Space is getting crowded

Japan is getting ready to launch a lunar orbiter.

AXA says the SELENE project is the largest lunar mission since the U.S. Apollo program. It involves placing a main satellite in orbit at an altitude of about 60 miles and deploying two smaller satellites in polar orbits. Researchers will use data gathered by the probes to study the moon’s origin and evolution.

India has its sight set on Mars[*2] .

“A mission to Mars might seem a distant dream at this juncture but it is not impossible given our considerable expertise and experience,” a retired ISRO scientist told Asia Times Online. “An India-made rocket like the GSLV [geo-synchronous launch vehicle] can carry over 500-kg payload and reach Mars without a hitch,” Nair had pointed out last week.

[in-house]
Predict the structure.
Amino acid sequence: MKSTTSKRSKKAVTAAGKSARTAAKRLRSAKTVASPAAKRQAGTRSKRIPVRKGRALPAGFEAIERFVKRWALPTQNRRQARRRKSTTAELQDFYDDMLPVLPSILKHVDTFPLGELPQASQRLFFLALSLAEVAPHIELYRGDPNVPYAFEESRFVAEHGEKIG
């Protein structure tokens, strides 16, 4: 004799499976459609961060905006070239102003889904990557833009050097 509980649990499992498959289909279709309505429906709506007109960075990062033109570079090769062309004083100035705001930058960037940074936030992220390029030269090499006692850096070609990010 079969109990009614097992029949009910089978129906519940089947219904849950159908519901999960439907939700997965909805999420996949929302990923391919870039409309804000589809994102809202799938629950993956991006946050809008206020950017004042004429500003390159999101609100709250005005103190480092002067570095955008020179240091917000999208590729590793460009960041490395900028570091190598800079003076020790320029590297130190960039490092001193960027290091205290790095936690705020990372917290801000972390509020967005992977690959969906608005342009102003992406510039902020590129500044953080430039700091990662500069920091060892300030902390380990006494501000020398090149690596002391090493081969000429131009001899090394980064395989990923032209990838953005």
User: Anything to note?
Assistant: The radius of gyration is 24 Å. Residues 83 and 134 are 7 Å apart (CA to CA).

China and Russia are teaming up on a Mars mission[*3] as well.

According to the agreement, a small satellite developed by China would be launched along with “Phobos Explorer,” a Russian spacecraft, probably in October 2009, the administration reported.

After entering Mars’ orbit — 10 to 11 months later — the Chinese satellite would be detached from the spacecraft and probe the Martian space environment, it said.

In the U.S. on the other hand, private space programs are where it’s at.  Burt Rutan and Richard Branson’s Virgin Galactic[*4] space tourism effort and Robert Bigelow’s space station program[*5] are only two of the rapidly growing private space exploration efforts.

Space is still hot.